Sunday, June 30, 2013

Motion Sickness

Motion Sickness:  While I have been told on more than one occasion that my hair is perfect[1], it may come as a surprise to some of you that as a whole, I am not. [2]

If it turns out that life is in any way like a giant RPG, way back at character creation I clearly took a few disads, to gain more awesome abilities and super powers. [3]  One of those was clearly motion sickness.

If you like to think of life in more genetic terms, I have my mother to thank for this. [4]  As she and all of my siblings get it as well.

For those of you who don't really know what it is, let me explain.

Whenever motion sickness occurs, I basically feel nauseated in the extreme.  If I don't stop whatever it is that is causing it, I eventually break out in the cold sweats, the blood rushes from my head and I feel like I really, really, really, really, really want to lose my lunch. [5]  Fortunately or possibly unfortunately depending on how you look at it, I never actually do blow chunks. [6]

So you ask, what causes this motion sickness?  Well let me tell you.

Basically it is a problem with your inner ear and your eyes communicating with your brain.  Way down deep in your ear there is a little chamber partly full of liquid.  Your brain uses this chamber [7] to keep track of whether you are right side up, upside down, on your side or whatever.  When you are walking around, gravity keeps the liquid on the bottom of the chamber and your inner ear reports back that you are right side up.

Should you go upside down, the fluid will now be on the side of the chamber that used to be the top[8] and your inner ear will report to the brain that you are upside down.  If you should wreck your car and do a barrel roll, the liquid will slosh all over the place and your inner ear will tell your brain that things aren't going so well.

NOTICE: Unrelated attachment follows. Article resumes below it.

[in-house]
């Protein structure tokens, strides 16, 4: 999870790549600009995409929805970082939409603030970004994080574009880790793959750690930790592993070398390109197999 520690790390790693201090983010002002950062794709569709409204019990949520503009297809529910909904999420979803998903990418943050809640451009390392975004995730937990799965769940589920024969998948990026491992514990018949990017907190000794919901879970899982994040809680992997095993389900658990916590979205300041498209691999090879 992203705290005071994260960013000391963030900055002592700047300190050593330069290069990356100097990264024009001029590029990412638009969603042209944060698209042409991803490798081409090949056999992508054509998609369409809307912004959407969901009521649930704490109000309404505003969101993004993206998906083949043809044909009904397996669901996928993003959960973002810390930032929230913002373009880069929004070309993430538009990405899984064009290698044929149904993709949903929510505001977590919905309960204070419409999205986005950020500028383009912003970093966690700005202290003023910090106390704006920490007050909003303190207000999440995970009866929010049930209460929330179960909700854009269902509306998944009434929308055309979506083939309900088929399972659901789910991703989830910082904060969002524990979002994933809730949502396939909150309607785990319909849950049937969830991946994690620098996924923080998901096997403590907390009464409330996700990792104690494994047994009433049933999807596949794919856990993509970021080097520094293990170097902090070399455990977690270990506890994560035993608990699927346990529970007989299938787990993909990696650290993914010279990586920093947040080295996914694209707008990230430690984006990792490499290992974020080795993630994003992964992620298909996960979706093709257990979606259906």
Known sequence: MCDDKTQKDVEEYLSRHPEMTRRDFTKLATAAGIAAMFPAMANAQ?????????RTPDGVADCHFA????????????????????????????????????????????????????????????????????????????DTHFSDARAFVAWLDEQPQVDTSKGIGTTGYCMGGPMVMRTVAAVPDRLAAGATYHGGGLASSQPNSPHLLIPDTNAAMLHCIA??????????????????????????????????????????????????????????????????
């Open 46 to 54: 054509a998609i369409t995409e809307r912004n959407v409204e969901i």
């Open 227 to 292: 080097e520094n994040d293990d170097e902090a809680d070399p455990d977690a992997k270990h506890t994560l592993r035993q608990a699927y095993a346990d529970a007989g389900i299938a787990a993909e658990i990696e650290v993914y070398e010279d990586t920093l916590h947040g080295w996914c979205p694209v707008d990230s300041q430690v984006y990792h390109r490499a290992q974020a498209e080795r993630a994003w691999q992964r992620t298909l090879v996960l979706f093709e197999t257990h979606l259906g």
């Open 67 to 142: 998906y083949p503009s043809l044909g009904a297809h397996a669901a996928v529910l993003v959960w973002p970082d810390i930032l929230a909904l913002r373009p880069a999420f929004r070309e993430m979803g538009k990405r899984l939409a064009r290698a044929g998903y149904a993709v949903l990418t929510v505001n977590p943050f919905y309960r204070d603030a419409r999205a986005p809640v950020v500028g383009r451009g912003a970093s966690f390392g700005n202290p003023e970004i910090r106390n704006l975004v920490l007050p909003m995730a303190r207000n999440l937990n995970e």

The problems start when your brain starts comparing that data to the data from your eyes.  When your inner ear says, "Brain we are upside down." and your eyes are reporting back data that confirms that, there is no problem.  But when those two sets of data don't coincide, there can be trouble.

I say "can be trouble" because for many people there isn't.  The brain sifts through the data figures out why they aren't both reporting the same thing and moves on.  But for some people, the incongruity of this data means motion sickness.  It goes a bit like this:

Eyes: Brain, we appear to be flying upside down in a jet plane.
Inner Ear: Hate to argue with the eyes, but that's simply not true, we are in fact right side up.
Brain: Okay you two, calm down.  We are watching a movie about Tom Cruise as a fighter pilot.  There's no problem here.  Except perhaps the acting, plot, etc.
Stomach: LET'S THROW UP!!!!!!
Everyone else: What?  NO!!!!
Stomach: Increasing sweat production, 500%!

As that little scenario clearly shows, for some it can be something as minor as a movie.  Fortunately for me, it takes more than just a standard movie.

Also, it can work in other ways.  For instance if it is pitch black, you can get something like this:

Eyes: Brain, nothing is going on.
Inner Ear: What are you blind!  Everything is flipping around like crazy.  Are we trapped in the dryer again!"
Brain: We're on a roller coaster in the dark.  Calm down everyone.
Stomach: LET'S THROW UP!!!!!!!!!

Finally, it can be set off if your eyes and inner ear are reacting too much to unanticipated changes.  Like when you are a passenger in a vehicle and you can't get a good look at the road to see how the car is going to move in the future.  And not just big turns and curves, the minor wheel adjustments the driver does subconsciously are actually worse.

Eyes: On the one hand, based up the completely stationary headrest in front of me, I posit we are not moving.  However, the trees moving by at a rapid pace out the window seem to indicate fast movement.